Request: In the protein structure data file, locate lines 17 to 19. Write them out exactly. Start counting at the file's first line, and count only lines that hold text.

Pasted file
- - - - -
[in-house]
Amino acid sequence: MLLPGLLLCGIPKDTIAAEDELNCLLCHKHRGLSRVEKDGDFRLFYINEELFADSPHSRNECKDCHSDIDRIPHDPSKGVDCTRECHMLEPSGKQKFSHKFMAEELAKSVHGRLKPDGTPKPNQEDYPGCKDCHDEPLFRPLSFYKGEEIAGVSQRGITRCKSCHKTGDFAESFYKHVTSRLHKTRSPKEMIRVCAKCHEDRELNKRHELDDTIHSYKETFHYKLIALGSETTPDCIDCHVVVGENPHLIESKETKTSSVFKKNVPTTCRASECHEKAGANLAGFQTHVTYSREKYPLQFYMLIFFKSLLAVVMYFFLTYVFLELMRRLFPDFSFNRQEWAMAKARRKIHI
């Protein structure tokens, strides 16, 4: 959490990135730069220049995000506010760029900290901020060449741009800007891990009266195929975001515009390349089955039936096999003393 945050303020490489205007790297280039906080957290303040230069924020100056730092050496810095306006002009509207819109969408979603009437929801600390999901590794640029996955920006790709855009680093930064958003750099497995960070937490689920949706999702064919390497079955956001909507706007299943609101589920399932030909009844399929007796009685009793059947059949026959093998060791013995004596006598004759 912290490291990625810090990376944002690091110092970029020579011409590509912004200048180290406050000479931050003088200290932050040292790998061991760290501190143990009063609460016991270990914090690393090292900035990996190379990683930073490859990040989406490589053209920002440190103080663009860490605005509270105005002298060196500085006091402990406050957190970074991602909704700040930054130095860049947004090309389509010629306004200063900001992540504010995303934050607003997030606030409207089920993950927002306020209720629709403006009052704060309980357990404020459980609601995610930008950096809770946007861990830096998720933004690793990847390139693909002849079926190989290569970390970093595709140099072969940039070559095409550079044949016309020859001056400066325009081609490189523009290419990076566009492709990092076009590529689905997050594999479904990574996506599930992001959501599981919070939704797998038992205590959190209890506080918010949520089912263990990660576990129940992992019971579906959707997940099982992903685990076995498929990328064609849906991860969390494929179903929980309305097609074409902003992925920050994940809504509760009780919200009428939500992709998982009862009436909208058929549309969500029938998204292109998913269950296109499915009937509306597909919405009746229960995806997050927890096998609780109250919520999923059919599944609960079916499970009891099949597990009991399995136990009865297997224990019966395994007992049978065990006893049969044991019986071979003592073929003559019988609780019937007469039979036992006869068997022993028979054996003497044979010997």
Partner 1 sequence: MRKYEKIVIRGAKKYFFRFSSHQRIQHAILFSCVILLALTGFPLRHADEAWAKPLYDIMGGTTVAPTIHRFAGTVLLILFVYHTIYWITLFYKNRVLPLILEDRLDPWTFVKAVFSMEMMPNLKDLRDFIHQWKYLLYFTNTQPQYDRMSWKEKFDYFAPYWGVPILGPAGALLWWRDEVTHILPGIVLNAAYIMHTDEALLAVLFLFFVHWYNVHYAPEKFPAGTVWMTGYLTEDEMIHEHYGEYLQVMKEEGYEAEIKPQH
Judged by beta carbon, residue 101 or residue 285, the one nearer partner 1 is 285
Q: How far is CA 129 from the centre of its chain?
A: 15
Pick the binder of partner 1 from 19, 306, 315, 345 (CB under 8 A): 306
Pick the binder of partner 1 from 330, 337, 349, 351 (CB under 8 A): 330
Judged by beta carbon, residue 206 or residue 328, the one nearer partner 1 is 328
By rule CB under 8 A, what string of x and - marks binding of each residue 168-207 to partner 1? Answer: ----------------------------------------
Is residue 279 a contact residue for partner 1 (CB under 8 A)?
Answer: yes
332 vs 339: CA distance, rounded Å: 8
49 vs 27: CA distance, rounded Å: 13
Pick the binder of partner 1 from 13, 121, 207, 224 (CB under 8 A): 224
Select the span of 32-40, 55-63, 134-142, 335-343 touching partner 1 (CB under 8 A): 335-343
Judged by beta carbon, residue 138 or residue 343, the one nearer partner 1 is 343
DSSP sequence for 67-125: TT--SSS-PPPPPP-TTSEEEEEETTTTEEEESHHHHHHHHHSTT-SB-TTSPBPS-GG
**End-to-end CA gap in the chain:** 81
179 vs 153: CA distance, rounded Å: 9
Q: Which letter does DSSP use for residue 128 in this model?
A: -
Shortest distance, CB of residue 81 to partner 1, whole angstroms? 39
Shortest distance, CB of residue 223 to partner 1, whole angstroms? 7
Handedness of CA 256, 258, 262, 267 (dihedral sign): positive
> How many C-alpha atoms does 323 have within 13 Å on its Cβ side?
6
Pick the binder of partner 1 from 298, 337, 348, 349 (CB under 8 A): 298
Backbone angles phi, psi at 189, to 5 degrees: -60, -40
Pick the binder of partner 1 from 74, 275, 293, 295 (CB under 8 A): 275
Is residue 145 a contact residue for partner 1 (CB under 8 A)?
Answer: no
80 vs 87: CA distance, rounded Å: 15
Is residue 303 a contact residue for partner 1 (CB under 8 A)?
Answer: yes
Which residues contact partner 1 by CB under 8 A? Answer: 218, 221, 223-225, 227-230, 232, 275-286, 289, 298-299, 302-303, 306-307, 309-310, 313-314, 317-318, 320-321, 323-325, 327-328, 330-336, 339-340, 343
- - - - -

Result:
Select the span of 32-40, 55-63, 134-142, 335-343 touching partner 1 (CB under 8 A): 335-343
Judged by beta carbon, residue 138 or residue 343, the one nearer partner 1 is 343
DSSP sequence for 67-125: TT--SSS-PPPPPP-TTSEEEEEETTTTEEEESHHHHHHHHHSTT-SB-TTSPBPS-GG